Chelsea Schneider, Municipal Innovations Specialist, Aim
Future residents of Evansville’s newest housing development will reside within a “living laboratory” for smart energy technology.
The Post House, which represents a $40 million mixed-use development in Downtown Evansville and Southwest Indiana’s largest Regional Cities project, will feature one-of-a-kind apartment units. And residents can opt for those units to serve as a testing ground for a series of emerging technologies, thanks to a partnership with Vectren.
“We are creating an environment where people can live inside the Internet of Things and test various aspects of technology,” said Greg Wathen, president and CEO of the Economic Development Coalition of Southwest Indiana. Wathen was among the Southwest Indiana leaders who secured Regional Cities funding. The funding is aimed toward projects that attract talent and people to a region. In addition to state funding, the project also is benefitting from a key local economic development tool – tax-increment financing.
The Post House will help bring vibrancy to living in Downtown Evansville, said Robbie Sears, vice president of energy solutions and planning for Vectren. The project is being developed on the remaining property adjacent to the historic Greyhound Bus Station, which is now home to the Bru Burger restaurant.
“This is really going to bring a brand-new look and feel to that downtown area,” Sears said. “We think it’s really going to be important to add technology in there that are nice features for customers, but also a great opportunity for us to participate and learn more about the future.”
Solar technology will line the roofs of the development. Those solar panels will feed into the grid and also will facilitate a pilot project. Vectren will install in about 20 apartments residential battery storage units. During storms, the units will keep a portion of the apartment up and running, even during electrical outages. Apartments also will come equipped with Nest thermostats, so residents can manage heating and cooling remotely from their smartphones.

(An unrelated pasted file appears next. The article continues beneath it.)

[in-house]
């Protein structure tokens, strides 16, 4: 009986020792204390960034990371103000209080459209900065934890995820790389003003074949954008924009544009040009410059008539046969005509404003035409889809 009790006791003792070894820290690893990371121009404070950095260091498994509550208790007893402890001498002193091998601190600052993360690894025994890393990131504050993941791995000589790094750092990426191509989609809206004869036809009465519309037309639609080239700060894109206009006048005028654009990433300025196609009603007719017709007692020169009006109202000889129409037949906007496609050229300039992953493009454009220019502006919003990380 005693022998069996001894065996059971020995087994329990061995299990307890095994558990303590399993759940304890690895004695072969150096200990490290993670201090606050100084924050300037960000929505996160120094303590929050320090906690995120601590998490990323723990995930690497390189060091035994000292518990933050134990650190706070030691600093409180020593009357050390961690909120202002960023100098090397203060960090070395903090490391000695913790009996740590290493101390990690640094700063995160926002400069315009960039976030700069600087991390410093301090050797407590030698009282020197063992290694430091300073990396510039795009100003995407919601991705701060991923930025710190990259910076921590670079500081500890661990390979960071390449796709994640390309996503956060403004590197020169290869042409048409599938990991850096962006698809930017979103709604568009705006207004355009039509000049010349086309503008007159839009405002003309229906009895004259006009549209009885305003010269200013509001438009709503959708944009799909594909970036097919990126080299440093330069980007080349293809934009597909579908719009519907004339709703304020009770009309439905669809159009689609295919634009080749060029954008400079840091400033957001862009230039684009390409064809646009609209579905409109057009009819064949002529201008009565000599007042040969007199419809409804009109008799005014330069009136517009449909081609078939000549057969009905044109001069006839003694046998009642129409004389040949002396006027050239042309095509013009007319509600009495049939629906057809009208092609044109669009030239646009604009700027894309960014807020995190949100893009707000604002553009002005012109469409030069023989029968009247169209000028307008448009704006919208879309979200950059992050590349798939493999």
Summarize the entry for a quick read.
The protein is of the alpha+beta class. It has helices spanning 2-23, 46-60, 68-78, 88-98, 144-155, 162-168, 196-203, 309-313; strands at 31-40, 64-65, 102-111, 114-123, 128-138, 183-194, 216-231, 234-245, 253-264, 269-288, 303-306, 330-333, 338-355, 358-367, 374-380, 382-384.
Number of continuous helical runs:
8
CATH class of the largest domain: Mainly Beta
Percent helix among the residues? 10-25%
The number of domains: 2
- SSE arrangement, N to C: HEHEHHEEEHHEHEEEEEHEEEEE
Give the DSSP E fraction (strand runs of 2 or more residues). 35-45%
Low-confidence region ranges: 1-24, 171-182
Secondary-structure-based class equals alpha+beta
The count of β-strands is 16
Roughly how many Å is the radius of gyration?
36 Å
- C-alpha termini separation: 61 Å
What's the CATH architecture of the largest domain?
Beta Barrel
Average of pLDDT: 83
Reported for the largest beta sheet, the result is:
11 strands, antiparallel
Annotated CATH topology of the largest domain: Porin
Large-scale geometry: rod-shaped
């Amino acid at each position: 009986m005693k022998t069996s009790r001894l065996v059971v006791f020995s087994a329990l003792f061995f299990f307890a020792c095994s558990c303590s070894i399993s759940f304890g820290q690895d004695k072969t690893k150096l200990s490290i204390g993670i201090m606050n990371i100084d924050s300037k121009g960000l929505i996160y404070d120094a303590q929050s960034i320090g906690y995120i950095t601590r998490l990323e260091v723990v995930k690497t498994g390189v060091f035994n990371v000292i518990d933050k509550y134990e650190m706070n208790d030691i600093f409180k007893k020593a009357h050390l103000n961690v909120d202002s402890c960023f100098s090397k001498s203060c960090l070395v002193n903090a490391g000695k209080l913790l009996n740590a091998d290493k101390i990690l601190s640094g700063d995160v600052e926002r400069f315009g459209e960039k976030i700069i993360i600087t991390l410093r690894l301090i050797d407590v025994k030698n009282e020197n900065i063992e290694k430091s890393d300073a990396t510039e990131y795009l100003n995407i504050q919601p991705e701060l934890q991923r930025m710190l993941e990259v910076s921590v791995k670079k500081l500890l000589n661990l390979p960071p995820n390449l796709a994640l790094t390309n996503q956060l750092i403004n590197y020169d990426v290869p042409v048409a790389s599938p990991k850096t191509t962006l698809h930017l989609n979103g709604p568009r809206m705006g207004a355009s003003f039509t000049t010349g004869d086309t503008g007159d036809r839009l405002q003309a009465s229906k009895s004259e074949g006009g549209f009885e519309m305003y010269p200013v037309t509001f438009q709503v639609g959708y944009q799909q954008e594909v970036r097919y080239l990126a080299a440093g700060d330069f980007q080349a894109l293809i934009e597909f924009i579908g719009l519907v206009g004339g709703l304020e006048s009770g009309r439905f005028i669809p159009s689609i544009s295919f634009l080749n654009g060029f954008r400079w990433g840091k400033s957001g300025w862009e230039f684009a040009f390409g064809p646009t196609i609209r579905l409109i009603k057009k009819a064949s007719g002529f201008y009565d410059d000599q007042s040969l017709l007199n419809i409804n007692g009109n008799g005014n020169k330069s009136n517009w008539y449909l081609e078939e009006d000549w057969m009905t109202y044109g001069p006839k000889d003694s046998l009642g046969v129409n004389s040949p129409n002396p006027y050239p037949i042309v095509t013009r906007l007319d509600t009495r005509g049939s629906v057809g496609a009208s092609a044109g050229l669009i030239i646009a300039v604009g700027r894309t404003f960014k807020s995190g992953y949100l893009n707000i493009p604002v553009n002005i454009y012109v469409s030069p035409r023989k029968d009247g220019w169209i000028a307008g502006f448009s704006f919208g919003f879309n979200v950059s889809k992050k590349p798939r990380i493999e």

What makes the project unique is that residents will be able to control most of the smart technology through a single mobile app. For instance, LED lighting will come with smart switches, so residents can control turning them on and off remotely. Some electrical panels will feature electric usage monitors, so residents can see in real time the appliances using energy. The panels are designed to help residents better understand their electrical usage – and ways they could save. The units also will come equipped with ultra-efficient heating and cooling systems and other smart home automation features.
“The Post House will serve as a design standard for future housing developments,” Evansville Mayor Lloyd Winnecke said. “With the ability to accommodate new technology and systems as well as adapt products and services based on real-time use, the Post House will help to position Evansville and Southwest Indiana as a leader in adaptive energy research.”
The benefits of the Post House will extend beyond its residents. The developer plans to install street-side electrical vehicle charging stations for public use as part of the design. Vectren, as the utility partner on the project, will work with apartment residents to understand the customer experience of the products as they test them for broader use. The company also will run a showcase in a commercial space within the Post House that the public can access to learn more about battery storage units and other technologies featured in the apartments.
“The hope is to have learning there to take into more properties and potentially single-family homes as a way to manage energy and to really improve the life of the customer as well,” Sears said.
“We really wanted this facility downtown, and we think it’s very transformative for the downtown to be more millennial focused and offer a new modern dwelling,” he said. “We really wanted to take the opportunity because we will have all the medical students with the downtown IU school. We will have people in there that are probably more tech savvy and looking toward the future.”